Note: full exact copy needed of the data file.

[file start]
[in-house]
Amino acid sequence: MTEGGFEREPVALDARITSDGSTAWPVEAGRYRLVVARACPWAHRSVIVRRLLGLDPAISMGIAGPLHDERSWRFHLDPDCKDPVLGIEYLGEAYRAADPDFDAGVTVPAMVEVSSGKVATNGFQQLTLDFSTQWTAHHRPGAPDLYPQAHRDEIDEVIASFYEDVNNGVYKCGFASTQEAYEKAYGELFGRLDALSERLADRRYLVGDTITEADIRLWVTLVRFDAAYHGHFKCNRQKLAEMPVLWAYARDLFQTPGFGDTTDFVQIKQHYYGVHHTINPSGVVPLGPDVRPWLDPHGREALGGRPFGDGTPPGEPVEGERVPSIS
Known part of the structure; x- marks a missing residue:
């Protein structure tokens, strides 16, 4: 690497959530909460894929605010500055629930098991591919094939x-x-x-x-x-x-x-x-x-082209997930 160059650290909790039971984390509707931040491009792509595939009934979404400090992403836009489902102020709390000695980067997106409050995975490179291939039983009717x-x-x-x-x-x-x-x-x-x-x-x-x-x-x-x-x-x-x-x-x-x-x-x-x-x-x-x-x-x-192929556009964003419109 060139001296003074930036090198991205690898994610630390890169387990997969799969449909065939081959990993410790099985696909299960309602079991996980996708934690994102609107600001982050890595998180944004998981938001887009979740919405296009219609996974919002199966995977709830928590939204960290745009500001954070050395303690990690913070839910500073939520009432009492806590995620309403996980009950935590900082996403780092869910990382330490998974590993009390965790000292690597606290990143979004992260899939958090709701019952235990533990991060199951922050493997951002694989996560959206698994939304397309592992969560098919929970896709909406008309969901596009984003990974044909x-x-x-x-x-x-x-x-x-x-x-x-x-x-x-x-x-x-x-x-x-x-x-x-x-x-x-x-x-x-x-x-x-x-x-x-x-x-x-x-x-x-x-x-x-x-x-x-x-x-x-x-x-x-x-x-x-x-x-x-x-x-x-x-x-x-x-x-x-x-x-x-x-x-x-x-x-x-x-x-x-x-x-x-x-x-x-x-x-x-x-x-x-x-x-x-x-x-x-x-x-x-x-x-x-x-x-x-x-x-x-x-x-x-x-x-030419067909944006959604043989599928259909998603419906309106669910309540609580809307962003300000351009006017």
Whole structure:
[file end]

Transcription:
[in-house]
Amino acid sequence: MTEGGFEREPVALDARITSDGSTAWPVEAGRYRLVVARACPWAHRSVIVRRLLGLDPAISMGIAGPLHDERSWRFHLDPDCKDPVLGIEYLGEAYRAADPDFDAGVTVPAMVEVSSGKVATNGFQQLTLDFSTQWTAHHRPGAPDLYPQAHRDEIDEVIASFYEDVNNGVYKCGFASTQEAYEKAYGELFGRLDALSERLADRRYLVGDTITEADIRLWVTLVRFDAAYHGHFKCNRQKLAEMPVLWAYARDLFQTPGFGDTTDFVQIKQHYYGVHHTINPSGVVPLGPDVRPWLDPHGREALGGRPFGDGTPPGEPVEGERVPSIS
Known part of the structure; x- marks a missing residue:
């Protein structure tokens, strides 16, 4: 690497959530909460894929605010500055629930098991591919094939x-x-x-x-x-x-x-x-x-082209997930 160059650290909790039971984390509707931040491009792509595939009934979404400090992403836009489902102020709390000695980067997106409050995975490179291939039983009717x-x-x-x-x-x-x-x-x-x-x-x-x-x-x-x-x-x-x-x-x-x-x-x-x-x-x-x-x-x-192929556009964003419109 060139001296003074930036090198991205690898994610630390890169387990997969799969449909065939081959990993410790099985696909299960309602079991996980996708934690994102609107600001982050890595998180944004998981938001887009979740919405296009219609996974919002199966995977709830928590939204960290745009500001954070050395303690990690913070839910500073939520009432009492806590995620309403996980009950935590900082996403780092869910990382330490998974590993009390965790000292690597606290990143979004992260899939958090709701019952235990533990991060199951922050493997951002694989996560959206698994939304397309592992969560098919929970896709909406008309969901596009984003990974044909x-x-x-x-x-x-x-x-x-x-x-x-x-x-x-x-x-x-x-x-x-x-x-x-x-x-x-x-x-x-x-x-x-x-x-x-x-x-x-x-x-x-x-x-x-x-x-x-x-x-x-x-x-x-x-x-x-x-x-x-x-x-x-x-x-x-x-x-x-x-x-x-x-x-x-x-x-x-x-x-x-x-x-x-x-x-x-x-x-x-x-x-x-x-x-x-x-x-x-x-x-x-x-x-x-x-x-x-x-x-x-x-x-x-x-x-030419067909944006959604043989599928259909998603419906309106669910309540609580809307962003300000351009006017």
Whole structure: